When Dynamite challenged me to add some public domain fantasy heroes to their already impressive roster, I immediately leapt to Fantomah, and I’ve never really looked back. Hanks portrayed Fantomah as this unstoppable force of nature capable of just about anything. Unlike staid jungle heroes of the era, it was never really clear whether Fantomah was a hero or a villain, just that you never wanted to cross her, lest she rip the skin from your flesh, turn you into some crazy plant creature, or dispatch you in whatever weird way Fletcher Hanks could concoct between bottles of whiskey. In Pathfinder RPG terms, she’s basically a god, which opened up another interesting element of philosophy for the series.

    Each of the three worlds involved — Earth, Barsoom, and Golarion — have very different relationships with religion, and what it means to be a god. For most of the people of Earth — certainly the more or less modern ones like Thun’da and John Carter, “God” is something to be inferred as a matter of faith.

    Pathfinder Worldscape Preview Page 3On Barsoom, religion is a fraud designed to deliver the dying to a valley where they are drained of blood by bizarre plant creatures so that their bloodless corpses can be eaten by a cannibal priesthood of Holy Therns (also, by the way, in Worldscape). Burroughs’ “The Gods of Mars,” the second of his John Carter books, is largely about that religion.

    Then you’ve got the Pathfinder world of Golarion, where gods are literally, indisputably present and real and divine. It’s not so much a matter of belief as it is acknowledgement of existing supernatural forces, and that gives me a lot to play with in terms of how my characters interact with the world and their predicament as captives of the Worldscape.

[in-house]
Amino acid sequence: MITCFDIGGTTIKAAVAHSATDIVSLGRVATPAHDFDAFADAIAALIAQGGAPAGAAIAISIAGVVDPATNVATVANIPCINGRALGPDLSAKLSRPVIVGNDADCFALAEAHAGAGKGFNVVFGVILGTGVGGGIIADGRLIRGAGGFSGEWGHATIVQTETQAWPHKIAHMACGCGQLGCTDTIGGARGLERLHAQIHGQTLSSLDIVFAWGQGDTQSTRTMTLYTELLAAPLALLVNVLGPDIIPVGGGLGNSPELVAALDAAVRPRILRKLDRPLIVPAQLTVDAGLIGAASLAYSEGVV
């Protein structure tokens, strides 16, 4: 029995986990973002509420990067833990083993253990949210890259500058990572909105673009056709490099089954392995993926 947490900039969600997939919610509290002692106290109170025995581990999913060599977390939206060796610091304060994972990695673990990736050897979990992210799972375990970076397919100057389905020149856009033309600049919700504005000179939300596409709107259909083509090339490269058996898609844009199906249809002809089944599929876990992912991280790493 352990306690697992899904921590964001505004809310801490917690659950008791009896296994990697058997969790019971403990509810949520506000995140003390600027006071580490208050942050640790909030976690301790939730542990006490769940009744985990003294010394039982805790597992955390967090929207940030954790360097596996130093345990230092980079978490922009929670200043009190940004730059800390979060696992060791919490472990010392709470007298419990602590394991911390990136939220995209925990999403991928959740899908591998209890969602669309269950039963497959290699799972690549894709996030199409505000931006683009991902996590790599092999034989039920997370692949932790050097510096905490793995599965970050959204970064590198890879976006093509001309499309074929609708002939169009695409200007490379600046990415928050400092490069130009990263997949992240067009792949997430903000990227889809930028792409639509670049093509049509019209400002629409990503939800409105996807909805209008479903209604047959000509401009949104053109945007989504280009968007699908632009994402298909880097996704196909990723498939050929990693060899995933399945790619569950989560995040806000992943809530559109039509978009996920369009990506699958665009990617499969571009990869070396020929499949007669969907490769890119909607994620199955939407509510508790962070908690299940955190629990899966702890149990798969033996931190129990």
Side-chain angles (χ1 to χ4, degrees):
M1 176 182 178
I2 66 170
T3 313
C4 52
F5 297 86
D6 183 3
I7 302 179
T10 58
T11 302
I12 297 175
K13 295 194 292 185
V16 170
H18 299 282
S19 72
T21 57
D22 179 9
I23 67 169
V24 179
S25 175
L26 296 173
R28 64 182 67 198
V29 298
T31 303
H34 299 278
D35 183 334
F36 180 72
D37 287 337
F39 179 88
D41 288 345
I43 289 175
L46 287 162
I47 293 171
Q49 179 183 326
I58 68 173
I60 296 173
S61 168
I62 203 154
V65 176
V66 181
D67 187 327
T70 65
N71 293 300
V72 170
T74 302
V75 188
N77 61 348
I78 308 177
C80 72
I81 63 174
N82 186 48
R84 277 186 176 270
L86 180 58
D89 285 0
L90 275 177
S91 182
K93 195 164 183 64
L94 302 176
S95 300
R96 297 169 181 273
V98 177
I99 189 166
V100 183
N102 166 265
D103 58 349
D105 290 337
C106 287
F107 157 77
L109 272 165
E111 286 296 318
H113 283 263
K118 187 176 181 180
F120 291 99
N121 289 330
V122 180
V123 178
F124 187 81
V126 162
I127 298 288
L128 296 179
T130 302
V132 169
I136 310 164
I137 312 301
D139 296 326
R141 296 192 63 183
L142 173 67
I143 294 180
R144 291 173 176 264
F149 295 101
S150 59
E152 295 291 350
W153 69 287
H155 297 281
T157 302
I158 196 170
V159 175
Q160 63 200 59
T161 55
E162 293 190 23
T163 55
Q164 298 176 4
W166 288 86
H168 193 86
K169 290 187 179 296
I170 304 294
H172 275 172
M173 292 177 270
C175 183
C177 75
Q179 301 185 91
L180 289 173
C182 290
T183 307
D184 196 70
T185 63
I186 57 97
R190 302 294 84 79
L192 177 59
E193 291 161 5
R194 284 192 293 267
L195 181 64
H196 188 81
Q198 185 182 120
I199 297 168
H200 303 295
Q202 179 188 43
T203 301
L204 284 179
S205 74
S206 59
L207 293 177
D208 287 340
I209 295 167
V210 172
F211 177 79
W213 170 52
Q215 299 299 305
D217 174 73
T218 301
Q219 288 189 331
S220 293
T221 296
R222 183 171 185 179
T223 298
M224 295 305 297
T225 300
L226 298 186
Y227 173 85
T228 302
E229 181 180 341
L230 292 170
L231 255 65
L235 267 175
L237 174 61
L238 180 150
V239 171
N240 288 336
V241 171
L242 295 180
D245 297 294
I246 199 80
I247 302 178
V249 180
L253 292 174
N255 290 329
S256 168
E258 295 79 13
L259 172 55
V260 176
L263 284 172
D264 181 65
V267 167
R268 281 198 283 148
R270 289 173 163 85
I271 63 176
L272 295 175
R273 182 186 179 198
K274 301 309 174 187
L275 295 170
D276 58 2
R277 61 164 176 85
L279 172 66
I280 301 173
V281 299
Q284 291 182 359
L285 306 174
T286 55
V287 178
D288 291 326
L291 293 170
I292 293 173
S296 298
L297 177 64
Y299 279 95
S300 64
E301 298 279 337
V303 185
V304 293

John Carter and the cleric Kyra get a nice juicy conversation about this, but Fantomah plays an important role in this aspect of the story as well, and I’m thrilled to be able to use her!

    “I’m still hard at work crafting cool Pathfinder RPG rules appendices for each issue…”

    TFAW: Do you have any other projects coming up that we should know about?

    Mona: In addition to running Paizo’s day-to-day publishing operations, managing the creative staff, and making diabolical plans for the future of the Pathfinder Roleplaying Game, most of my focus these days is soundly on Pathfinder Worldscape.

    Most of the scripting is out of the way at this point, but I’m still hard at work crafting cool Pathfinder RPG rules appendices for each issue. I just finished official game statistics for Red Sonja, for example, and now I’m noodling around with Tars Tarkas, who will appear in the second issue. After that we’ve got Tarzan, Thun’da, and a whole host of others. How much damage does a radium pistol do? What’s the Strength bonus for a green Martian? I dunno, but I will know soon, and it’s really exciting to map the game designer part of my brain over the story I’ve been composing using my comics writing circuits.

    You can keep up with my projects and get some insight into the Pathfinder RPG adaptation process behind Worldscape by checking out my blog at erikmona.com or following me on Twitter @erikmona.

    TFAW: What comics are you enjoying right now?

    Mona: Oh, man, there are so many! I went in way deep on DC’s New 52 a few years back and am working my way through a longbox of backissues of Snyder’s Batman, which has been fantastic, of course. I’m always keen to follow former Pathfinder comics writer Jim Zub on whatever he’s doing, and I really like what he’s been rolling out with Wayward, as well as his new title Glitterbomb, from Image. I’m highly intrigued by DC’s Young Animal imprint. The first issue of the new Doom Patrol was fantastic, and I can’t wait to break out a copy of Cave Carson Has a Cybernetic Eye. As far as comic titles go, that’s probably the best I’ve heard in a long time!

    We want to thank Erik for taking the time out of his busy schedule to chat with us! Make sure to order your copies of Pathfinder Worldscape.